The author starts with, “White people in North America live in a society that is deeply separate and unequal by race, and white people are the beneficiaries of that separation and inequality.” What she calls “White Fragility” is born of a feeling of superiority and entitlement. “Discrimination is action based on prejudice. These actions include ignoring, exclusion, threats, ridicule, slander and violence….When a racial group’s collective prejudice is backed by the power of legal authority and institutional control, it is transformed into racism…”
The facts are not friendly:
- Ten richest Americans are all white
- S. Congress: 90% white
- S. governors: 96% white
- People who decide which TV shows we see: 93% white
- Full-time college professors: 84% white
Her statistics on the level of inequality in this country are no less revealing:
- Since 2015, the richest 1% has owned more wealth than the rest of the planet owns.
- Eight men own the same amount of wealth as do the poorest half of the world.
- The income of the poorest 10% of people increased by less than three dollars a year between 1988-2011, while the incomes of the richest 1% increased 182 times.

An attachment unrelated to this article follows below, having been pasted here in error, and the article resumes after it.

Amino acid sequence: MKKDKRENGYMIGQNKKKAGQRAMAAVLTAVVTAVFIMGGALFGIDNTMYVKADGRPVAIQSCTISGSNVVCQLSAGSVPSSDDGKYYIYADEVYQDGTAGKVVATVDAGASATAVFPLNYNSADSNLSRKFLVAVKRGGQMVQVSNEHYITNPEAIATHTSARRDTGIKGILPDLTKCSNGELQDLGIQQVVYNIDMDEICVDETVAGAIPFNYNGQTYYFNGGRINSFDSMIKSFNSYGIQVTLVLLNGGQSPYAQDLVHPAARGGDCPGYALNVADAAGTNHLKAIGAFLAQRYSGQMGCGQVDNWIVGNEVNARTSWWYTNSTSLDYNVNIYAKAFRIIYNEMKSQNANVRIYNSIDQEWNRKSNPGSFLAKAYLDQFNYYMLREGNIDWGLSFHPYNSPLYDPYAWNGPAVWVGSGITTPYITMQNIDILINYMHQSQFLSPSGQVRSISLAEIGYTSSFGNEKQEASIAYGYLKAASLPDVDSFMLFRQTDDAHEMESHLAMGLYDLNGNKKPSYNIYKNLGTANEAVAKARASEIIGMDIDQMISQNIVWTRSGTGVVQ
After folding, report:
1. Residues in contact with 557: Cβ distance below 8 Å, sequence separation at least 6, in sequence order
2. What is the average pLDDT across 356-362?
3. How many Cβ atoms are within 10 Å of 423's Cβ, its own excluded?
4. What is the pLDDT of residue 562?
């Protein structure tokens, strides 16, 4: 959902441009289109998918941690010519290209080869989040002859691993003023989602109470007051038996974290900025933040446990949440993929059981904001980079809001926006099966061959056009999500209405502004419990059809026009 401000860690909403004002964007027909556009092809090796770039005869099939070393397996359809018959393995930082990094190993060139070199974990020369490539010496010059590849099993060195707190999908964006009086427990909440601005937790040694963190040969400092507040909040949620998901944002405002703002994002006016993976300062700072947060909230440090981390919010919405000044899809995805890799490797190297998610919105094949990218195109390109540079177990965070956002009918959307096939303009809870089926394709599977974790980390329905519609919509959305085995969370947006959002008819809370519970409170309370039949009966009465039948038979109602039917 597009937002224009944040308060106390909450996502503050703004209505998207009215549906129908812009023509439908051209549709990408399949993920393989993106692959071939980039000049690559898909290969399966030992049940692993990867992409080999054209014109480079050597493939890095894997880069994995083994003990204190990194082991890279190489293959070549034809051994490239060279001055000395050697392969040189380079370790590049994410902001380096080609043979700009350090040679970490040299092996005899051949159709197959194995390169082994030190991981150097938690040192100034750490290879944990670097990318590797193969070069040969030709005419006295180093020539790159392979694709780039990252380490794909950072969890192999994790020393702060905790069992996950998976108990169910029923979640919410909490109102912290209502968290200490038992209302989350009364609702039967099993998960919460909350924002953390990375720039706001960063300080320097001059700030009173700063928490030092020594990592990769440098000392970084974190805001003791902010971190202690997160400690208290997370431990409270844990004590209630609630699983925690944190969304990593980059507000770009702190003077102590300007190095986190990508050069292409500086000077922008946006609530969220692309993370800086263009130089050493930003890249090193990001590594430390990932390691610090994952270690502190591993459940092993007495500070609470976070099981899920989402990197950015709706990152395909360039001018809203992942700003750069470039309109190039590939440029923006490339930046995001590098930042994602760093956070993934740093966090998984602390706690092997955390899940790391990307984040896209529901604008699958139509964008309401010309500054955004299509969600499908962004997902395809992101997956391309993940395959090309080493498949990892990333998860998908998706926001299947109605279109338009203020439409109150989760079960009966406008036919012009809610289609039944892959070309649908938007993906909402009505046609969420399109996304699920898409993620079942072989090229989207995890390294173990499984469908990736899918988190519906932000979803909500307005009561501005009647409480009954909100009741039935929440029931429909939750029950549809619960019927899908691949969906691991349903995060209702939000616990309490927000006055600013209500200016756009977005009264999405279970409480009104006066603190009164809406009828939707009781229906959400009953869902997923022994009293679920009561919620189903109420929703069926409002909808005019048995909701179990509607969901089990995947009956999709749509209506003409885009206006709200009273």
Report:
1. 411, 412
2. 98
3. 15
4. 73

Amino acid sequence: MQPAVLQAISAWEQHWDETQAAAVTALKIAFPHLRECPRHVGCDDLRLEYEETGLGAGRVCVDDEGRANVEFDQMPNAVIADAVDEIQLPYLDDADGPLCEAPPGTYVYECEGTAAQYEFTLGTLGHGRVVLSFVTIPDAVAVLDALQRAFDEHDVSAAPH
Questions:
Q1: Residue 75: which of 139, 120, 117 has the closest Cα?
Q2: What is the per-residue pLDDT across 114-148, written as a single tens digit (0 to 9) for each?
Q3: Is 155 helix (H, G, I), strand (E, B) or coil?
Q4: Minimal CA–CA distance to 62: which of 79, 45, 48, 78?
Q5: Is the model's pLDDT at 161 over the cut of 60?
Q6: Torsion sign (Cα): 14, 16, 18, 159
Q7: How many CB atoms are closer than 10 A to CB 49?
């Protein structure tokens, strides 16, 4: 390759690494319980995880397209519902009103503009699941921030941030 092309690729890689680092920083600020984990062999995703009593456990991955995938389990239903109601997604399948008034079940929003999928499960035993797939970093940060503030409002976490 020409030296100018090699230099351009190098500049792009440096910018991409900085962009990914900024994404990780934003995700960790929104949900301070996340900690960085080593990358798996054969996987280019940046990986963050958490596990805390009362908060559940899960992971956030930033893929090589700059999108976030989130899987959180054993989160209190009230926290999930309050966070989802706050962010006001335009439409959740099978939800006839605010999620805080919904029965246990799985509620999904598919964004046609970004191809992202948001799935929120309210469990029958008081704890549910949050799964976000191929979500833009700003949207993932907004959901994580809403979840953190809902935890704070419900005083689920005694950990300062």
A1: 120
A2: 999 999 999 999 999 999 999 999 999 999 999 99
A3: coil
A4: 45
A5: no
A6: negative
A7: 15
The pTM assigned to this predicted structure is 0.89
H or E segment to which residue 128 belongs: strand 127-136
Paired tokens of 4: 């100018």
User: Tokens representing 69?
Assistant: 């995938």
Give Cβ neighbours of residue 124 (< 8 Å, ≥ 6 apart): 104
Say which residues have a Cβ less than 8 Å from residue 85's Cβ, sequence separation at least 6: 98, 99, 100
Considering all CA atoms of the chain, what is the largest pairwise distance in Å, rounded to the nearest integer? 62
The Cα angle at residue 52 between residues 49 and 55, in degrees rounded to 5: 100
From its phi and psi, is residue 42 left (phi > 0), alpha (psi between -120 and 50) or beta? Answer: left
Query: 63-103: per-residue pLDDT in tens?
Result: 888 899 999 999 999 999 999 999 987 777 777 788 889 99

The author’s overall goal is expressed in this quote, “White people, I don’t want you to understand me better: I want you to understand yourselves. Your survival has never depended on your knowledge of white culture. In fact, it’s required your ignorance.” Ijeoma Oluo
The author points out that, “Life in the United States is deeply shaped by racial segregation. Of all racial groups, whites are the most likely to choose segregation and are the group most likely to be in the social and economic position to do so. Growing up in segregation (our schools, workplaces, neighborhoods, shopping districts, places of worship, entertainment, social gatherings, and elsewhere) reinforces the message that our experiences and perspectives are the only ones that matter.”
The author provides some “color blind statements,” which indicate that people do not see race:
- I was taught to treat everyone the same way
- I don’t see color
- Everyone struggles, but if they work hard…
- I’m not racist, I’m from Canada